Progressive Christian Channel
Daring to See Jesus
Note: This article is the third of a three-part series on the Revised Common Lectionary's use of the Gospel of John during Lent. Read the second installment here.
Lent 5: John 12: 20-33 - Irony, Glory, and Some Greeks
The twelfth chapter of John's Gospel is dense, highly symbolic, at times confusing...and incredibly important. It serves in some ways as a summary of the first "book" or half of John's Gospel—which covers Jesus signs and teaching—and the second book—which deals exclusively with Jesus' Passion. The scenes immediately previous to the reading appointed for the Fifth Sunday in Lent have brought John's dramatic story of Jesus to a near-fevered pitch.
In chapter eleven, Jesus raises his friend Lazarus from the death. The result is twofold. On the one hand, more people believe in him than ever before; on the other, and precisely because of his popularity, the religious elders have decided they must do away with this upstart (11:45-53). So Jesus lays low until the Passover celebration and then makes his way to Jerusalem. By this time his fame has spread, as has word of the potential conflict between Jesus and his adversaries. And perhaps because few things draw a crowd better than scandal, his entrance into the capital city is met with pomp, circumstance, and great fanfare.
Among this crowd are some Greeks—most likely Greek Jews who have returned to Jerusalem to celebrate the Passover—who want to see Jesus. Oddly, it is unclear whether they ever do. As in the scene a week ago with Nicodemus, these Greeks serve more as a catalyst for an important speech by Jesus than as genuine conversation partners. And what a speech! In the space of just a few verses Jesus not only predicts his death but names it his "glorification;" calls those who would follow him similarly to be prepared to give up their lives; declares his rock-solid intention to follow this path to its glorious end; and announces that through his death, resurrection, and ascension, he will draw all the people of the world to him.
As dramatic and climatic as this speech is, two elements are often confusing. First, how can the cross be glory? Here and throughout John's Gospel we encounter a subtle irony, if not parody, of the dominant ways of the world. Jesus refers to himself as being "lifted up" or elevated in the cross. That kind of language was often used to describe the honors that attend Caesar.
Similarly, everyone and their brother—Pilate, the guards, the soldiers—in the Passion narrative will call Jesus "king," almost always in mockery. Yet the irony is that those who mock him are nevertheless right—Jesus is God's anointed king. And his cross—the place of shame and horror—becomes his place of elevation because it is where the love of God is made most manifest. As we heard last week, "For God so loved the world" (3:16), even the world governed by a ruler hostile to God and subject to judgment (12:31), "that God gave his only Son" that all might have life, and have it abundantly.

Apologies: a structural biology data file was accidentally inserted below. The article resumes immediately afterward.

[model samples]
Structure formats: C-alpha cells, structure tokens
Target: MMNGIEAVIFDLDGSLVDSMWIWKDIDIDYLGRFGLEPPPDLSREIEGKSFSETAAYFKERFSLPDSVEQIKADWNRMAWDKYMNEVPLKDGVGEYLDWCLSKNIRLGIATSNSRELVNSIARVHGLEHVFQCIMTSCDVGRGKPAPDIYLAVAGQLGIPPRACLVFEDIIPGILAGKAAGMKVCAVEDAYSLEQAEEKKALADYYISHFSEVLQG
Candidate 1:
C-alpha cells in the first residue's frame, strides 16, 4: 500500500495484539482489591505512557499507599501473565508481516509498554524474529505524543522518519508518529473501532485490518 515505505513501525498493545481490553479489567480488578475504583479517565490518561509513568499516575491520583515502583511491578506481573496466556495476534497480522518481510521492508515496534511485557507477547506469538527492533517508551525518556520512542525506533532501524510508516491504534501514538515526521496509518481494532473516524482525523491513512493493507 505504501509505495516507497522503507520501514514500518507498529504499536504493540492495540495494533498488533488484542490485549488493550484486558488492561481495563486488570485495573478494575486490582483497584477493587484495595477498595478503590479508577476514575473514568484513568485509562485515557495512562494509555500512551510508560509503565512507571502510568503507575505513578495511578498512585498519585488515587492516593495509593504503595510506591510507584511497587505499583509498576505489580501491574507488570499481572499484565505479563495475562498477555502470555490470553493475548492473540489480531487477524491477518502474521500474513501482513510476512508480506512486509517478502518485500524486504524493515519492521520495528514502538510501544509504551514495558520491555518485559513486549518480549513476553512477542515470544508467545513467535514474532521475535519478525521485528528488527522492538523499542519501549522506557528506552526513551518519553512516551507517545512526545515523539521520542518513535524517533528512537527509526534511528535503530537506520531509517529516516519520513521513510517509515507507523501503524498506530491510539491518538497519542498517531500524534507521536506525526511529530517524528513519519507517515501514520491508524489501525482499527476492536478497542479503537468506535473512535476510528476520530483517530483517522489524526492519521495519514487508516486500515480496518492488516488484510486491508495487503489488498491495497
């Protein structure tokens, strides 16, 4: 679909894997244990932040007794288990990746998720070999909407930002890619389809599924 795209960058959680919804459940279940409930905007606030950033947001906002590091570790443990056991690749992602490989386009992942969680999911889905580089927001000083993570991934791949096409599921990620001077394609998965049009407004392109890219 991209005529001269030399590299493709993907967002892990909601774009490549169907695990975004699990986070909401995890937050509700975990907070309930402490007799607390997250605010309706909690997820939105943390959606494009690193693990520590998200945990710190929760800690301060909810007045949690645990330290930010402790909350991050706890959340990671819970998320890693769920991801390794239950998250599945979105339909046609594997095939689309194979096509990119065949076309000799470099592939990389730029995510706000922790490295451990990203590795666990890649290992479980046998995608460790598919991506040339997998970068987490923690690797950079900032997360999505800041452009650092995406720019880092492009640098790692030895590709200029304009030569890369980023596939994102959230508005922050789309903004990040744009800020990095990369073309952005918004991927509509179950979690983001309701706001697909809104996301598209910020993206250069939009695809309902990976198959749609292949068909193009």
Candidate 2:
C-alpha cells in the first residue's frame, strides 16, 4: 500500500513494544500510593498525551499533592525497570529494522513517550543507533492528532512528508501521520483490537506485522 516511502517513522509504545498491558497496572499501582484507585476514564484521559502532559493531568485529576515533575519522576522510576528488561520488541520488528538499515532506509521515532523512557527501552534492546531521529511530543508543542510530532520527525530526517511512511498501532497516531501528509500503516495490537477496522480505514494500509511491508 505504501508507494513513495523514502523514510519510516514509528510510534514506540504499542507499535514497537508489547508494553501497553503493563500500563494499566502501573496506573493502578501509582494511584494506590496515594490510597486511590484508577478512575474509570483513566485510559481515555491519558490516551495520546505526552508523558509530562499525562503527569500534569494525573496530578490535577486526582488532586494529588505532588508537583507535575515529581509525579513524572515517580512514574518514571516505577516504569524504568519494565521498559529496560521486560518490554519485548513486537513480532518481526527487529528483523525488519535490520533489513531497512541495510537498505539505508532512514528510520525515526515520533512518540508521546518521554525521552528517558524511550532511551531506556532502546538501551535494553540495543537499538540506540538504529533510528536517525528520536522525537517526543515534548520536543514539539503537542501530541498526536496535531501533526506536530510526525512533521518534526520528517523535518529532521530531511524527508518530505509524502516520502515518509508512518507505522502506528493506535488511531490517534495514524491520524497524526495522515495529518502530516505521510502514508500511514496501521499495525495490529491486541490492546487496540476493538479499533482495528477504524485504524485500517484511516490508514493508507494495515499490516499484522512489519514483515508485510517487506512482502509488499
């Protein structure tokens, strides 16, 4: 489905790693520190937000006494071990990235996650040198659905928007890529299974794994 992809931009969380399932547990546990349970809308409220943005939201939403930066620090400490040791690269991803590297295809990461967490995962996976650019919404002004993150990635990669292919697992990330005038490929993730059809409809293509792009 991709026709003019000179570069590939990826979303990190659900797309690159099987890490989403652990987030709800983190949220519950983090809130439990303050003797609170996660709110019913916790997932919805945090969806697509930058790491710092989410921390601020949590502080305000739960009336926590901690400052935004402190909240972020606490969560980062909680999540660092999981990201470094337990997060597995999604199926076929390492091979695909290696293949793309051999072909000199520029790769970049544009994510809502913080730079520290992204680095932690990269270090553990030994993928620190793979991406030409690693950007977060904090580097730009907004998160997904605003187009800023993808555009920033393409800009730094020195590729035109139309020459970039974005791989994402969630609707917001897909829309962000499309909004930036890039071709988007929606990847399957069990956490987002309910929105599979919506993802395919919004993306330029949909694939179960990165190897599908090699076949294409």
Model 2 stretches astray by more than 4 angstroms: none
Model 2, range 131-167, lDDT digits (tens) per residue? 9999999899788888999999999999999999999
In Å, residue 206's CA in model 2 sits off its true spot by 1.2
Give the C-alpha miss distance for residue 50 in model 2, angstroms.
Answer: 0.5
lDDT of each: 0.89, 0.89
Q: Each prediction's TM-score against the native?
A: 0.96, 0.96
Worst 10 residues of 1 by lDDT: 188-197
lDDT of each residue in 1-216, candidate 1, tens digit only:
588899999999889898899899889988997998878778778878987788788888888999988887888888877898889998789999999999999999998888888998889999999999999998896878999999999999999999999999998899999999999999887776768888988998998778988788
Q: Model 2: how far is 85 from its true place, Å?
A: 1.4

The second thing may seem a smaller matter but is, I'd suggest, equally important. Who are these Greeks? As mentioned above, they are probably Jews who have been scattered around the world (in this case, to Greece) who have returned to Jerusalem for the Passover. At the same time, even though they want to "see" Jesus, they all but disappear from the scene.
A useful rule to employ when reading John is that whenever Jesus' conversation partner fades in the background, Jesus is no longer talking primarily to that person anymore but instead has turned his attention to the reader. The Greeks want to see—sight, in John's gospel, is connected closely with believing. As we'll discover by the end, you don't have to see Jesus in a physical sense to come to know Jesus through faith. In fact, near the very end of John's Gospel he tells Thomas that while he may believe because he's gotten to see Jesus, those who believe without seeing are truly blessed. I used to assume Jesus was rebuking Thomas, but more lately I've come to believe that Jesus is actually blessing us—after all, we are among those who believe without benefit of seeing.
The same, I think, is true here. Who are these Greeks? We are. And while we may wish we could have seen Jesus, if we dare look at his cross and name it as the place where God's glorious love for the world is poured out, we will not only be blessed but granted life.
David Lose is the author of the popular series of books that help everyday Christians enter more deeply into the Christian story and faith: Making Sense of Scripture (2009), Making Sense of the Christian Faith (2010) and Making Sense of the Cross (December 2011). He holds the Marbury Anderson Chair in Biblical Preaching at Luther Seminary in St. Paul, Minnesota, where he has served as Academic Dean and led the team that developed WorkingPreacher.org.